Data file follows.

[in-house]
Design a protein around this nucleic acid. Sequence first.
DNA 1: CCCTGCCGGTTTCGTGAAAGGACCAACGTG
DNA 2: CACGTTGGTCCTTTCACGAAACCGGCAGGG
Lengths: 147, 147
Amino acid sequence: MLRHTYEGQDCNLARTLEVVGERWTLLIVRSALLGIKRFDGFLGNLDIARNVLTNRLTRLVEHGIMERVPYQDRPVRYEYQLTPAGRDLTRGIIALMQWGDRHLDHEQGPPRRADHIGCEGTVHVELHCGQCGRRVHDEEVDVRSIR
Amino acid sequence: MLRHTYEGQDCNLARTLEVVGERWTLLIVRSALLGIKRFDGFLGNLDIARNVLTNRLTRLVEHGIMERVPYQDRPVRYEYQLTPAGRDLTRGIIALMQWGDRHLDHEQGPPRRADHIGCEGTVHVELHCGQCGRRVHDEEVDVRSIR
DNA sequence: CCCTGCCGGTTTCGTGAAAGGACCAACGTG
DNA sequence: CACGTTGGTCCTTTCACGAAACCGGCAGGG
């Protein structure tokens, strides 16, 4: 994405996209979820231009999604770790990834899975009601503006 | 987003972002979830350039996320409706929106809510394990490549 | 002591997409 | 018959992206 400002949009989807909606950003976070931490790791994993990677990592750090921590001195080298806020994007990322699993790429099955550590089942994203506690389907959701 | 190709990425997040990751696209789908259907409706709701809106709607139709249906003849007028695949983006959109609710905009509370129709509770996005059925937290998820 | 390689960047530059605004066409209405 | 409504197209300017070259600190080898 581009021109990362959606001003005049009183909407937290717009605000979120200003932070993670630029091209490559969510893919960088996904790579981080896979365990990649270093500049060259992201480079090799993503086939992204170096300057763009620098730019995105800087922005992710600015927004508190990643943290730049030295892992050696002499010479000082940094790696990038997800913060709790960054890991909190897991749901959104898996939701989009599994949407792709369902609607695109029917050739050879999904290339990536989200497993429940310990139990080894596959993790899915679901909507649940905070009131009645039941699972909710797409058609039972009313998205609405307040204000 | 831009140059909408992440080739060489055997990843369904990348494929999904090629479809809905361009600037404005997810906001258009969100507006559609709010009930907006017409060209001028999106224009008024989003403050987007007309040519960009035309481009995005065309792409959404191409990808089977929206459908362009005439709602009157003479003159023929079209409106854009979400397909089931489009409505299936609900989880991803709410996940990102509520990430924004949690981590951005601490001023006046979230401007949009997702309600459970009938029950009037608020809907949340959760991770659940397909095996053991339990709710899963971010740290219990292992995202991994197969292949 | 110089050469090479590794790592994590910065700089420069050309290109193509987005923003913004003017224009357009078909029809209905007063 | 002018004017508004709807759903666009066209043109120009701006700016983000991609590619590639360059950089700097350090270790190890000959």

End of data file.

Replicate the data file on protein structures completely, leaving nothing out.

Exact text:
[in-house]
Design a protein around this nucleic acid. Sequence first.
DNA 1: CCCTGCCGGTTTCGTGAAAGGACCAACGTG
DNA 2: CACGTTGGTCCTTTCACGAAACCGGCAGGG
Lengths: 147, 147
Amino acid sequence: MLRHTYEGQDCNLARTLEVVGERWTLLIVRSALLGIKRFDGFLGNLDIARNVLTNRLTRLVEHGIMERVPYQDRPVRYEYQLTPAGRDLTRGIIALMQWGDRHLDHEQGPPRRADHIGCEGTVHVELHCGQCGRRVHDEEVDVRSIR
Amino acid sequence: MLRHTYEGQDCNLARTLEVVGERWTLLIVRSALLGIKRFDGFLGNLDIARNVLTNRLTRLVEHGIMERVPYQDRPVRYEYQLTPAGRDLTRGIIALMQWGDRHLDHEQGPPRRADHIGCEGTVHVELHCGQCGRRVHDEEVDVRSIR
DNA sequence: CCCTGCCGGTTTCGTGAAAGGACCAACGTG
DNA sequence: CACGTTGGTCCTTTCACGAAACCGGCAGGG
């Protein structure tokens, strides 16, 4: 994405996209979820231009999604770790990834899975009601503006 | 987003972002979830350039996320409706929106809510394990490549 | 002591997409 | 018959992206 400002949009989807909606950003976070931490790791994993990677990592750090921590001195080298806020994007990322699993790429099955550590089942994203506690389907959701 | 190709990425997040990751696209789908259907409706709701809106709607139709249906003849007028695949983006959109609710905009509370129709509770996005059925937290998820 | 390689960047530059605004066409209405 | 409504197209300017070259600190080898 581009021109990362959606001003005049009183909407937290717009605000979120200003932070993670630029091209490559969510893919960088996904790579981080896979365990990649270093500049060259992201480079090799993503086939992204170096300057763009620098730019995105800087922005992710600015927004508190990643943290730049030295892992050696002499010479000082940094790696990038997800913060709790960054890991909190897991749901959104898996939701989009599994949407792709369902609607695109029917050739050879999904290339990536989200497993429940310990139990080894596959993790899915679901909507649940905070009131009645039941699972909710797409058609039972009313998205609405307040204000 | 831009140059909408992440080739060489055997990843369904990348494929999904090629479809809905361009600037404005997810906001258009969100507006559609709010009930907006017409060209001028999106224009008024989003403050987007007309040519960009035309481009995005065309792409959404191409990808089977929206459908362009005439709602009157003479003159023929079209409106854009979400397909089931489009409505299936609900989880991803709410996940990102509520990430924004949690981590951005601490001023006046979230401007949009997702309600459970009938029950009037608020809907949340959760991770659940397909095996053991339990709710899963971010740290219990292992995202991994197969292949 | 110089050469090479590794790592994590910065700089420069050309290109193509987005923003913004003017224009357009078909029809209905007063 | 002018004017508004709807759903666009066209043109120009701006700016983000991609590619590639360059950089700097350090270790190890000959």